The first way that we constructively contend is to keep ourselves in the love of God. Well, we know from verse 1 that believers are loved by God. And now Jude is saying to keep ourselves in the love of God. And we will see that in verse 24, it is God who keeps us and presents us blameless. The first question we have to answer is this: “Is the love of God our love for him, or his love for us?” This is the difference between an objective genitive and subjective genitive. Basically, is God the object or subject of the loving? I would answer with “yes.” This isn’t just an evasion of a definitive answer. I think that sometimes there need not be a clear distinction. In this case and others, our love for God is contingent on his love for us. 1 John 4.19 says that “we love because he first loved us.”
The next question could then be raised, “does this mean that we can lose our salvation?” My answer is “no.” And here’s why. In verse 1, Jude says that those who are called are beloved in God. In the end I believe that those who are called will continue to “keep themselves in the love of God.” Romans 8:28–30, Paul says, “28 And we know that for those who love God all things work together for good, for those who are called according to his purpose. 29 For those whom he foreknew he also predestined to be conformed to the image of his Son, in order that he might be the firstborn among many brothers. 30 And those whom he predestined he also called, and those whom he called he also justified, and those whom he justified he also glorified.” Are we now glorified? Hardly. But we anticipate this because Paul’s words here indicate that the future is certain. God will finish what he started.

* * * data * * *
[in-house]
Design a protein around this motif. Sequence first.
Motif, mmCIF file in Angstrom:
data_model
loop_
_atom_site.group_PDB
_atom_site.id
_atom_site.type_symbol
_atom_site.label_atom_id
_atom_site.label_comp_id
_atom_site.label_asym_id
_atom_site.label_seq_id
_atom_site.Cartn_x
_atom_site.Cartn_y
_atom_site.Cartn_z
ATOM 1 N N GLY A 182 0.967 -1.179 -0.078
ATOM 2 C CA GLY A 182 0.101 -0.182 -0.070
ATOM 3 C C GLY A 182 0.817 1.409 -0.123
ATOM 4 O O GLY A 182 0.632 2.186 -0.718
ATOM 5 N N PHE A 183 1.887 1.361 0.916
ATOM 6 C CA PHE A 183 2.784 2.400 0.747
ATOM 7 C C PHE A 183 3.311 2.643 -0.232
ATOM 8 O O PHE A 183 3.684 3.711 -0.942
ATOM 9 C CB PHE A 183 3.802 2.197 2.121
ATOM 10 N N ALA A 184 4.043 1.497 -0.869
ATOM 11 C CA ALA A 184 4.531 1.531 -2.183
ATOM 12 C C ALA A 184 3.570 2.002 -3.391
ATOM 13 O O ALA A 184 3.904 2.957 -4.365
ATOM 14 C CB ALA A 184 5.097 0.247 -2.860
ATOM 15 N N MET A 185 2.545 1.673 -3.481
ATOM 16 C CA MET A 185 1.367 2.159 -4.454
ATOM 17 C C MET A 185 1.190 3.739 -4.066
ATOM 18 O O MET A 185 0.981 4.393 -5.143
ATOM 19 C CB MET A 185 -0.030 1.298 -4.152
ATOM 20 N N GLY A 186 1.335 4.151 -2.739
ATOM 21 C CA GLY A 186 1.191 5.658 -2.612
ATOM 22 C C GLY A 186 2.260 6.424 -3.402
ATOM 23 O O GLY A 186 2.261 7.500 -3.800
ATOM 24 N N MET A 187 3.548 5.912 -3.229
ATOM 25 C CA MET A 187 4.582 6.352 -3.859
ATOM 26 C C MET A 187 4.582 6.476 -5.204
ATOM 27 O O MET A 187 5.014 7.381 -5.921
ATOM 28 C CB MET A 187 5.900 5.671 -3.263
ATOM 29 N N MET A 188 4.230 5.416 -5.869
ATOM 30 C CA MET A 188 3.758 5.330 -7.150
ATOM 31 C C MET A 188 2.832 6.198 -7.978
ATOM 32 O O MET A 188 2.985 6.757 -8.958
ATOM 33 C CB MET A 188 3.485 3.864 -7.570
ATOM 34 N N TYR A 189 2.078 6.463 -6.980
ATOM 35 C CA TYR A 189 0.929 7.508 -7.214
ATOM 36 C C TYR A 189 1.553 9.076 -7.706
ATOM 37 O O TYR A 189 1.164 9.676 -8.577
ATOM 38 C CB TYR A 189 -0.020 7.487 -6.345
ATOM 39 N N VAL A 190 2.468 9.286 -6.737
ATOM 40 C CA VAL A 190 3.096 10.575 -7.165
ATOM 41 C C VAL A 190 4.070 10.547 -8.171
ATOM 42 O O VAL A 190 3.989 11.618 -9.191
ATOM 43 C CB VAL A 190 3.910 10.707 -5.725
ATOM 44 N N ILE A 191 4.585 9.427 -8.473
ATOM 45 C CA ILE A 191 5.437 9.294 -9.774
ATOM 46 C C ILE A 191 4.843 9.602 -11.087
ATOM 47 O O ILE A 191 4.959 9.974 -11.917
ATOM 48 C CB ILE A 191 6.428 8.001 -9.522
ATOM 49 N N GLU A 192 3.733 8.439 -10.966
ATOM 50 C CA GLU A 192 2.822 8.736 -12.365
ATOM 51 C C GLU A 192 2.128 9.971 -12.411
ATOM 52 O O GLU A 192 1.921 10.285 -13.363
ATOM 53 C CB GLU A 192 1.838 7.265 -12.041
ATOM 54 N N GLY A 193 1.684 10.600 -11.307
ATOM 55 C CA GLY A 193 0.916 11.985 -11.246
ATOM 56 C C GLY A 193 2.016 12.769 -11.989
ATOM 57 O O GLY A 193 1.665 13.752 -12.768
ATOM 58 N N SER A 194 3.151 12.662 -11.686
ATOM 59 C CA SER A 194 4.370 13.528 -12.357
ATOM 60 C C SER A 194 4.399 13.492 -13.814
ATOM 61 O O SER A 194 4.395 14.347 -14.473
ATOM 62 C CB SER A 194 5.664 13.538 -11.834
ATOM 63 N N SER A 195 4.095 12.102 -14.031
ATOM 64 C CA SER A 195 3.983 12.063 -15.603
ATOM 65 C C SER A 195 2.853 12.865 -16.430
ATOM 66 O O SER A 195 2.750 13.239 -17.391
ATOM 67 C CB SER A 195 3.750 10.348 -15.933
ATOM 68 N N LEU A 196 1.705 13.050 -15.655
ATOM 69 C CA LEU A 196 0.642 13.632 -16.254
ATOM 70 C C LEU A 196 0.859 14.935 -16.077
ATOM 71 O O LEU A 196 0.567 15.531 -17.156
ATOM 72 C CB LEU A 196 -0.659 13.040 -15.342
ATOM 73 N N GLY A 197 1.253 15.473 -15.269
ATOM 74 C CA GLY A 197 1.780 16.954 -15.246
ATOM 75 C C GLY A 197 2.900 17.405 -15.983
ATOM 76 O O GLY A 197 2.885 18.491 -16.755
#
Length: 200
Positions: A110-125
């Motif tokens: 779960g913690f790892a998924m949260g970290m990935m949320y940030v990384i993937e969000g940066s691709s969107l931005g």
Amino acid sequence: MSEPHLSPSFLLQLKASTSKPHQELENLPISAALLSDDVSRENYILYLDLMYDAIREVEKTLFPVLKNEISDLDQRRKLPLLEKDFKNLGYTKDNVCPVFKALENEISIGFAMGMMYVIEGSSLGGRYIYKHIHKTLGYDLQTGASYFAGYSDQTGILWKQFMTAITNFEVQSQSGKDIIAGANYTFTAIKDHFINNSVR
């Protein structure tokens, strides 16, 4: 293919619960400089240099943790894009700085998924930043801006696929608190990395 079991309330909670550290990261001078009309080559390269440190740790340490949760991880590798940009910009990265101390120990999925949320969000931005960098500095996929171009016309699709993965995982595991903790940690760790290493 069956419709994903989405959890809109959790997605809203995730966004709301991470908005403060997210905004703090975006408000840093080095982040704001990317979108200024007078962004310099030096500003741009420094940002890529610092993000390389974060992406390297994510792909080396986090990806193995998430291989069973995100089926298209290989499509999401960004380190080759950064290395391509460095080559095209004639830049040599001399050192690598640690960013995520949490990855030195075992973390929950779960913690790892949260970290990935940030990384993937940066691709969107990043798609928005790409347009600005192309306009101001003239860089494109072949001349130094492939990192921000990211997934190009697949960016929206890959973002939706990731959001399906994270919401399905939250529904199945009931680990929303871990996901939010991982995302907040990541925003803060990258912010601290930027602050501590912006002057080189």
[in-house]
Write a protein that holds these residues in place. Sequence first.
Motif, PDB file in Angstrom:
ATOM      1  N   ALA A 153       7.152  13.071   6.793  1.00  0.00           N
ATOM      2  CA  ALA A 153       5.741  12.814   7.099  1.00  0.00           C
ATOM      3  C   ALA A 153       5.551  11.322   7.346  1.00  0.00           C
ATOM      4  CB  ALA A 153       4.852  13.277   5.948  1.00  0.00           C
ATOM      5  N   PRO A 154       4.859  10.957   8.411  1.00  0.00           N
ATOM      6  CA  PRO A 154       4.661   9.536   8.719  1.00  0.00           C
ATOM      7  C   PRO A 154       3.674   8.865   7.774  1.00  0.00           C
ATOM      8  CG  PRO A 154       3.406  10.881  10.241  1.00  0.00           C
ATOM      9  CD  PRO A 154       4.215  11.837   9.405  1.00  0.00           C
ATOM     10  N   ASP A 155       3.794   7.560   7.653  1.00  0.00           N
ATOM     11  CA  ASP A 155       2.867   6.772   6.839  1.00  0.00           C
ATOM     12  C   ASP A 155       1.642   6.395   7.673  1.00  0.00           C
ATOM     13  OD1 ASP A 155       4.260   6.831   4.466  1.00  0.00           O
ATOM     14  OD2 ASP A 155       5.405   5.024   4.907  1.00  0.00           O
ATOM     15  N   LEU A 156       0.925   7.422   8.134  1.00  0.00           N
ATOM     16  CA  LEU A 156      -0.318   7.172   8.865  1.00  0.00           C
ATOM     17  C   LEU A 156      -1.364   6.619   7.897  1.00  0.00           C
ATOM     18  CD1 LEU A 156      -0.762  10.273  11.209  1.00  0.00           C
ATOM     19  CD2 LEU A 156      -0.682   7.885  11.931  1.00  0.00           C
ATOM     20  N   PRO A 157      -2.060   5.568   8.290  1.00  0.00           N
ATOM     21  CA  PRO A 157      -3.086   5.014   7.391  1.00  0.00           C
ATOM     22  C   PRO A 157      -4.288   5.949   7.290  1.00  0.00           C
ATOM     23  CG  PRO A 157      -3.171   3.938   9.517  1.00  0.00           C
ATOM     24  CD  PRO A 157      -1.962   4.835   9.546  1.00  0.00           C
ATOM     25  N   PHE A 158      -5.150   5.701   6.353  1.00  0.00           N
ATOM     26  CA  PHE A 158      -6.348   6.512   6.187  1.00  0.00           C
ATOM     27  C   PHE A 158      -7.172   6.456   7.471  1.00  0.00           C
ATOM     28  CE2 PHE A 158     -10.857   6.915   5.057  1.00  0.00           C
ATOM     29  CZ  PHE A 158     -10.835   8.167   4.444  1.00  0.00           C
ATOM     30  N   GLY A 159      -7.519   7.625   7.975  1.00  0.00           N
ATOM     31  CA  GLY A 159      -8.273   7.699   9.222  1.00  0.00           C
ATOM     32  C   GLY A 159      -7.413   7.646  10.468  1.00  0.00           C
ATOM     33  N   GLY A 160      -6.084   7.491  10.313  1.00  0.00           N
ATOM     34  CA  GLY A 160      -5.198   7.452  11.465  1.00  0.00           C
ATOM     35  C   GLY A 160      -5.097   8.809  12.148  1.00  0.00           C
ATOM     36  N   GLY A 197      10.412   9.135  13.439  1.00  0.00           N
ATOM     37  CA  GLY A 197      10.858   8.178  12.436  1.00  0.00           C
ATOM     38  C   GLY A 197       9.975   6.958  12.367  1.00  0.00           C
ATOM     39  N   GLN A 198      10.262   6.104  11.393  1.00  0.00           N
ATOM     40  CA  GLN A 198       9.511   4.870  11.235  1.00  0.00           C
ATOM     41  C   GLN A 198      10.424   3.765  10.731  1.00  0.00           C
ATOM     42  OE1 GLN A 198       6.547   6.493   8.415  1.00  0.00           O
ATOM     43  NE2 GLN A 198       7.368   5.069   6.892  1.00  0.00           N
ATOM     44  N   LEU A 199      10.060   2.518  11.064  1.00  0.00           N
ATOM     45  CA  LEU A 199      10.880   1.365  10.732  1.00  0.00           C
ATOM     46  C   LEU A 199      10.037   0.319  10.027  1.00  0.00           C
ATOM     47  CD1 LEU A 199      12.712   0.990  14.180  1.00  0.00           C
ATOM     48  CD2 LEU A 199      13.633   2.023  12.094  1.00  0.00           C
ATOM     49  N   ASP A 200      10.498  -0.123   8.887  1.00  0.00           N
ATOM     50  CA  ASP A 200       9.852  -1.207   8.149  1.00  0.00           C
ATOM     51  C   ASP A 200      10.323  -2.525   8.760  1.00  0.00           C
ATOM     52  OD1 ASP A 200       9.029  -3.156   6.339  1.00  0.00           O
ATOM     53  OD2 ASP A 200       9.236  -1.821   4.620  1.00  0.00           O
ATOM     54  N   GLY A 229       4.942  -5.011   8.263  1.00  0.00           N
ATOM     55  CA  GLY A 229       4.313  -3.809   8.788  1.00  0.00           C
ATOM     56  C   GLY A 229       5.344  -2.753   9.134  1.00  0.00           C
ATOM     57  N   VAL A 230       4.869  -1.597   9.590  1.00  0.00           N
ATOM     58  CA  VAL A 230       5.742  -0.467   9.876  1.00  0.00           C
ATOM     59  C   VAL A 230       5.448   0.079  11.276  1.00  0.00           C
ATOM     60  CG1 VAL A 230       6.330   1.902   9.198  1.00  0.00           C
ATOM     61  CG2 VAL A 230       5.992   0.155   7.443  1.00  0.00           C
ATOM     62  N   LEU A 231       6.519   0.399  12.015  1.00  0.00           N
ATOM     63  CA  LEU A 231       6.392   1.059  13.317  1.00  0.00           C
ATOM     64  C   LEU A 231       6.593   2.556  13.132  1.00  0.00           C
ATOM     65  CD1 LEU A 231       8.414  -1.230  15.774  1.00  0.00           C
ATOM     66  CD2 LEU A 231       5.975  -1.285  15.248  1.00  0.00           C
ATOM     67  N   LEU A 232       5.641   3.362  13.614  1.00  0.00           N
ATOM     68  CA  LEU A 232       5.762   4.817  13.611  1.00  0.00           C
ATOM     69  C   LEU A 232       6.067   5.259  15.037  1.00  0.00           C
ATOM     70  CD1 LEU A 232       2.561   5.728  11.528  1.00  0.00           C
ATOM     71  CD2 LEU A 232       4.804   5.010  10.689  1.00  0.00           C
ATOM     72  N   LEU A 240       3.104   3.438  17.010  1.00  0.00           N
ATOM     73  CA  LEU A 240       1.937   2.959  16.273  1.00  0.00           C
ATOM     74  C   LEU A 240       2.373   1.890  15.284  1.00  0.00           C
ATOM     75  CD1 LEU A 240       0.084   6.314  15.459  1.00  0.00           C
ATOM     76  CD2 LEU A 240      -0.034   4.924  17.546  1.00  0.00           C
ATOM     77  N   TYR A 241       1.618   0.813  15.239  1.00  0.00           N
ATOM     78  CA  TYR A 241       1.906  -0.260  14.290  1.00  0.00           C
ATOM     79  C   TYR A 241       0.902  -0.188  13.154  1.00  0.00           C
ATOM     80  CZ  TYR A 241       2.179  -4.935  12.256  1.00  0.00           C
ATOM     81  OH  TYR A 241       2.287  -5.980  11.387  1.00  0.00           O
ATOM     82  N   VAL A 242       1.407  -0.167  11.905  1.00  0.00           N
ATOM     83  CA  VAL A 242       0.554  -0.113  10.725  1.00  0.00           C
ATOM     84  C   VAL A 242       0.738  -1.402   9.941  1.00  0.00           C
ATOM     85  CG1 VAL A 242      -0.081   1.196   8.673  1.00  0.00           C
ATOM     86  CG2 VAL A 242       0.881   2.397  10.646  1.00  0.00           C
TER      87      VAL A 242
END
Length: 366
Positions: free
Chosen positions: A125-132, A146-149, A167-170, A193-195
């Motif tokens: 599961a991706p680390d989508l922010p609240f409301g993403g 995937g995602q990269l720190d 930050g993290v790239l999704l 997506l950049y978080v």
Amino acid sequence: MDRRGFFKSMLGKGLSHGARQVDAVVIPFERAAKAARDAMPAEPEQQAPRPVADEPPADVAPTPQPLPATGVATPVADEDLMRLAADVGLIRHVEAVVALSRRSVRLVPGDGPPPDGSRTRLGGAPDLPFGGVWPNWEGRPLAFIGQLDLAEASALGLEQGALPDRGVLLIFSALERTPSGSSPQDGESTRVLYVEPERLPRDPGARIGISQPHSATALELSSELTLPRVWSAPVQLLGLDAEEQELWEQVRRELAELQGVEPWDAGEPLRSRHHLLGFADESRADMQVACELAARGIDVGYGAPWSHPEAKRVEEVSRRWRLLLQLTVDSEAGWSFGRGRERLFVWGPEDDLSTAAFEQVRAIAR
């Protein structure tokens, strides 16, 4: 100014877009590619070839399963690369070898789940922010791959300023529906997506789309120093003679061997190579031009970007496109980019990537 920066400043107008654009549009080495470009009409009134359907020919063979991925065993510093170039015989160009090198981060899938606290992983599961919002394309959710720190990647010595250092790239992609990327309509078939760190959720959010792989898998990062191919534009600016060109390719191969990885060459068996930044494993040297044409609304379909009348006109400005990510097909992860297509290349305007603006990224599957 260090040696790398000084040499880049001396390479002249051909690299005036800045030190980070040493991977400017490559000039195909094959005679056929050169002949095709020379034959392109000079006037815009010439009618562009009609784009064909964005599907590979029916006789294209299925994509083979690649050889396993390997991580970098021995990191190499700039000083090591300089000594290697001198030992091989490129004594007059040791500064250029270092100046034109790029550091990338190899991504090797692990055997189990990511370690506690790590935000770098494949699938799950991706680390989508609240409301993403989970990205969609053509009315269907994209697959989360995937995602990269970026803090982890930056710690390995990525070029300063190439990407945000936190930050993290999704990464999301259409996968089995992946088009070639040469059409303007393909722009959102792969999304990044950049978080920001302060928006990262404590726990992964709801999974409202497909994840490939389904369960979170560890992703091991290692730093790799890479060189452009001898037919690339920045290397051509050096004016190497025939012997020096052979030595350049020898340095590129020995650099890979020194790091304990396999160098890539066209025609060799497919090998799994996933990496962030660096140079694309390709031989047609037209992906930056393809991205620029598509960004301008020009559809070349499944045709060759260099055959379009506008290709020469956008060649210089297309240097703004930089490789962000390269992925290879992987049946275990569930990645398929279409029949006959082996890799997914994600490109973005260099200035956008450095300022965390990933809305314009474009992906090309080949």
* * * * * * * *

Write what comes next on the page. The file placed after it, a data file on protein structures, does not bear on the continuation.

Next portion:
Paul continues and says that Romans 8:38–39 38 For I am sure that neither death nor life, nor angels nor rulers, nor things present nor things to come, nor powers, 39 nor height nor depth, nor anything else in all creation, will be able to separate us from the love of God in Christ Jesus our Lord. So those who have been called by God are presently justified and will be ultimately glorified and will never be separated from the love of God in Christ Jesus.
However, this does not leave us without any responsibilities in growing our faith and persevering. The command here is clearly that we are to keep ourselves. How about these words from Peter? 2 Peter 1:10 “10 Therefore, brothers, be all the more diligent to make your calling and election sure, for if you practice these qualities you will never fall.” And Paul says in the letter to the Philippians to “work out your own salvation with fear and trembling.”